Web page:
The microscope with CO2 laser mount is set up, and a laser safety checklist implemented. Using a suction probe, two to three points of maximum web thickness and length are identified (approximately equidistant at two, six and 10 o’clock when concentric scar; in this case at 10 o’clock and five o’clock positions as scarring was slightly eccentric). As demonstrated by the marks on Figure 1, we set the laser to a 1-2mm linear configuration, super-pulse mode, at 10 watts and repeat setting initially, then switched to continuous mode setting once the surgeon’s hands were accustomed (Figure 2).


Figure 2. CO2 lasering of areas previously marked.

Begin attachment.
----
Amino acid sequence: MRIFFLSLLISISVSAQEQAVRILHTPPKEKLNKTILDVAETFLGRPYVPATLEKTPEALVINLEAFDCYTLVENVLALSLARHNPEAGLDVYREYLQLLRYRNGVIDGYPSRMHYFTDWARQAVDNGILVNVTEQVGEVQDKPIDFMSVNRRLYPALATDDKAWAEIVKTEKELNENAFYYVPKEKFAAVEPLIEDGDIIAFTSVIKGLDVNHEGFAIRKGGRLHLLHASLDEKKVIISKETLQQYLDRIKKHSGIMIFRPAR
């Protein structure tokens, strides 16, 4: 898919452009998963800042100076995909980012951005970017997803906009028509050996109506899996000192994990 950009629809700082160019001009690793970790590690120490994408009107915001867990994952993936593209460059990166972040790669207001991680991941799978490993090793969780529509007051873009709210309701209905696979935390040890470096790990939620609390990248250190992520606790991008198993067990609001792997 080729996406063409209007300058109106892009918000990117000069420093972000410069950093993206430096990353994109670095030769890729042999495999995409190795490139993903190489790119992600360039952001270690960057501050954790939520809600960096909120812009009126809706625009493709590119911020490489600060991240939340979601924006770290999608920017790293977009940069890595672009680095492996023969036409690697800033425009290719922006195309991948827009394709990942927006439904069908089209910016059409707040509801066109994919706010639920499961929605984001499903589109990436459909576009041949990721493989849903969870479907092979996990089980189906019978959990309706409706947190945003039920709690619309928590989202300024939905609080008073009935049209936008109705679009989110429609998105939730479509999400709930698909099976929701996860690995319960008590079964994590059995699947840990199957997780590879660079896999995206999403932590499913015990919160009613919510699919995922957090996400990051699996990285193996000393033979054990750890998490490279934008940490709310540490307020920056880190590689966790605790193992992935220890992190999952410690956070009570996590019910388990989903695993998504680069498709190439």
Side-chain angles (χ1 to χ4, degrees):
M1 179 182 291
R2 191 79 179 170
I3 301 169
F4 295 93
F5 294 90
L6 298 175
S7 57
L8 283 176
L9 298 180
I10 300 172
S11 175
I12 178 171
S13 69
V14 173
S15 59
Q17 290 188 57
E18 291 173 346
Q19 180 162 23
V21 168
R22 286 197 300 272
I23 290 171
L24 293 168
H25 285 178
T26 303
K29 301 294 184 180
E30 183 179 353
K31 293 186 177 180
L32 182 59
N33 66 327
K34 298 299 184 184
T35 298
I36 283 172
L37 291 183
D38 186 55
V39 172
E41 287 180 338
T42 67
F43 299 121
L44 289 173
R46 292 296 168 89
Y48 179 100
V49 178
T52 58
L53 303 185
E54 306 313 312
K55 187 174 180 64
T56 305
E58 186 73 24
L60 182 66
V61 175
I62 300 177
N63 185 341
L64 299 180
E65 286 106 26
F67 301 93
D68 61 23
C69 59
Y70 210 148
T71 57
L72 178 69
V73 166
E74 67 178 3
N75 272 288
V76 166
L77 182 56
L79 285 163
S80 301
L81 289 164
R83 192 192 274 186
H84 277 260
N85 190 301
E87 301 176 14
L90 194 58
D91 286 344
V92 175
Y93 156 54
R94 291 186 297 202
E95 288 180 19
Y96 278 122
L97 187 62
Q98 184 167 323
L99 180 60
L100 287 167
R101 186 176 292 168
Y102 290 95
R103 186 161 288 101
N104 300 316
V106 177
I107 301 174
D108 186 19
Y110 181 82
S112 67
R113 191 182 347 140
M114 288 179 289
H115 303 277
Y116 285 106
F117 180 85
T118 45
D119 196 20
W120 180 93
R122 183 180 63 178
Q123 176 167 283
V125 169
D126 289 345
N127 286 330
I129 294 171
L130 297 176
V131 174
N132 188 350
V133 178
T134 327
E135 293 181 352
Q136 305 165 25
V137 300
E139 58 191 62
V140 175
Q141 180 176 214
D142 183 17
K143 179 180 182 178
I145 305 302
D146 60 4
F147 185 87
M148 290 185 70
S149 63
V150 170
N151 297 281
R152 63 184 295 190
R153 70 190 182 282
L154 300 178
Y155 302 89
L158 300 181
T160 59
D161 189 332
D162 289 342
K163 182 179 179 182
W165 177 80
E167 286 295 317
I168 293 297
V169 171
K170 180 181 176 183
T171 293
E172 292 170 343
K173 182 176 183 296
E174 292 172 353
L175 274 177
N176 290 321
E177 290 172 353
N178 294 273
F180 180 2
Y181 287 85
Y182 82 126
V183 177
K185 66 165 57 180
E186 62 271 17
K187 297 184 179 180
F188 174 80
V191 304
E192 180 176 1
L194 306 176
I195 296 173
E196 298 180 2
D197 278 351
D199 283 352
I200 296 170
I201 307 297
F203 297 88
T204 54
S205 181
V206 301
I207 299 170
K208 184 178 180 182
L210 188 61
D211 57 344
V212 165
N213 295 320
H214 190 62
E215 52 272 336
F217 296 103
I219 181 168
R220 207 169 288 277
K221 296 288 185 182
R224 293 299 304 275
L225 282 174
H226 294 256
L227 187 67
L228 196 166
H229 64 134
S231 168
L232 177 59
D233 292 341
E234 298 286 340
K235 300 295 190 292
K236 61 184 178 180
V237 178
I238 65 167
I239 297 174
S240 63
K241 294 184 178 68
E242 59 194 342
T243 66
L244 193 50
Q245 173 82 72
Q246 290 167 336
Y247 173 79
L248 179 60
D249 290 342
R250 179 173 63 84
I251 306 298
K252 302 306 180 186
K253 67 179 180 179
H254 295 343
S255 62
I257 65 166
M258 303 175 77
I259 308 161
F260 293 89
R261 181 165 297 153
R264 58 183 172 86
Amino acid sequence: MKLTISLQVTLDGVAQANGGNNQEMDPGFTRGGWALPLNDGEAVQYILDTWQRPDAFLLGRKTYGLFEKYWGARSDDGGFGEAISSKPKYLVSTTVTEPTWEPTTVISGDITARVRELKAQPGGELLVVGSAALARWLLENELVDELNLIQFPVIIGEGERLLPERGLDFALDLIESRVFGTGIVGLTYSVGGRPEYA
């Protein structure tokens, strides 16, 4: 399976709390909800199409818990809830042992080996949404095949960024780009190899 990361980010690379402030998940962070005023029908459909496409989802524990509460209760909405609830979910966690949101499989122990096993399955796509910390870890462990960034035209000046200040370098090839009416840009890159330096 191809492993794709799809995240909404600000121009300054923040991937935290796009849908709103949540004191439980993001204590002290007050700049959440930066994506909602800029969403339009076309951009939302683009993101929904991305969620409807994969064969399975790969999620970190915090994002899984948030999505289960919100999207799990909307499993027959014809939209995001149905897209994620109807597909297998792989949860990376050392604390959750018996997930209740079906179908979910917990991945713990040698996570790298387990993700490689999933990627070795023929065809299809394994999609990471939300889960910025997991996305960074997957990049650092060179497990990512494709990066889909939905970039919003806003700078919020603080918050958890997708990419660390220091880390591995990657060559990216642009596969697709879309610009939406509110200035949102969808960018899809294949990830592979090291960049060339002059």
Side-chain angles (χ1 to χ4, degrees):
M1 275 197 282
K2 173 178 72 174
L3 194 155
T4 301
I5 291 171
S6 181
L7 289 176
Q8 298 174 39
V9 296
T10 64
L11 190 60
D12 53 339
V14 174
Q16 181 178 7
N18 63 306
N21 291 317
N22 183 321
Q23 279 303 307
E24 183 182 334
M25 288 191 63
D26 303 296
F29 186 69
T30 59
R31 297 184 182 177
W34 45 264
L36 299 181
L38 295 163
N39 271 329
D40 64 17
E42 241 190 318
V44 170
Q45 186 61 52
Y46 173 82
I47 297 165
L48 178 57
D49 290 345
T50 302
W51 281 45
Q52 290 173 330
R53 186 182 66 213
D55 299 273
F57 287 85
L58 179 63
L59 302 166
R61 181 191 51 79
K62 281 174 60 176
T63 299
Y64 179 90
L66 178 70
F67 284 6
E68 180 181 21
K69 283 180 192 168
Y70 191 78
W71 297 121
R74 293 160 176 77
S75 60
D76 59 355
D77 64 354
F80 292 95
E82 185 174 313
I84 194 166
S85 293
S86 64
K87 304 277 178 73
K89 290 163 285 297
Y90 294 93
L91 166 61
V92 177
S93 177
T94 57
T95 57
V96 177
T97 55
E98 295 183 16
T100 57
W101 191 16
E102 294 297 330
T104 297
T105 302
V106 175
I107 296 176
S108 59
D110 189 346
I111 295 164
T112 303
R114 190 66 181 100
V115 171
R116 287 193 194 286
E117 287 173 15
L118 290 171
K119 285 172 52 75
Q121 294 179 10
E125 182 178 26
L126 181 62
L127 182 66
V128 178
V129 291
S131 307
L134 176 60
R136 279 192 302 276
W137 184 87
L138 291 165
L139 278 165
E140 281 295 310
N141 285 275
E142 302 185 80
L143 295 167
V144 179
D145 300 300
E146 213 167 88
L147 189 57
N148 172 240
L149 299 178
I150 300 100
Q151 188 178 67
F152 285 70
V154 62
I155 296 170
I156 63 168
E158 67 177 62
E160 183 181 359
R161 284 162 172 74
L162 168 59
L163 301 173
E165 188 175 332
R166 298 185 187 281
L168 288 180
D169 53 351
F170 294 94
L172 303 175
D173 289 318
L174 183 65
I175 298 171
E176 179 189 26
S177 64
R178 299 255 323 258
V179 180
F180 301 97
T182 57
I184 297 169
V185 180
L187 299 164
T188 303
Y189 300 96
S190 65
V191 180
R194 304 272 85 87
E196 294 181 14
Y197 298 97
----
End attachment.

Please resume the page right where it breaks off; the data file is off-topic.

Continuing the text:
These settings allow precise transection of the web/ring of scar, while avoiding damage to normal oesophageal tissue, minimising thermal injury and resultant inflammatory response from which repeat scars form. A suction probe is placed on the web to provide counter-traction, as in any form of dissection, until the web is sufficiently released. It also has the added advantage of removing smoke out of the surgical field, clearing the surgeon’s view. The laser is then set to stand-by mode for safety and the balloon dilatation kit is prepared. Depending on the initial stricture diameter (prior to laser), appropriately sized balloons should be used sequentially. In this case, we used a single size 11 balloon and incrementally dilated from 11 to 12 and then 13mm diameter. The scrub nurse or assistant ensures the syringe and catheter are devoid of air in order to ensure the correct measurement of balloon pressure. Once the system is primed and balloon deflated, the surgeon passes the catheter gently through the stricture point until the waist of the balloon is positioned at the central point of the stricture; the balloon is then inflated gradually (Figure 3).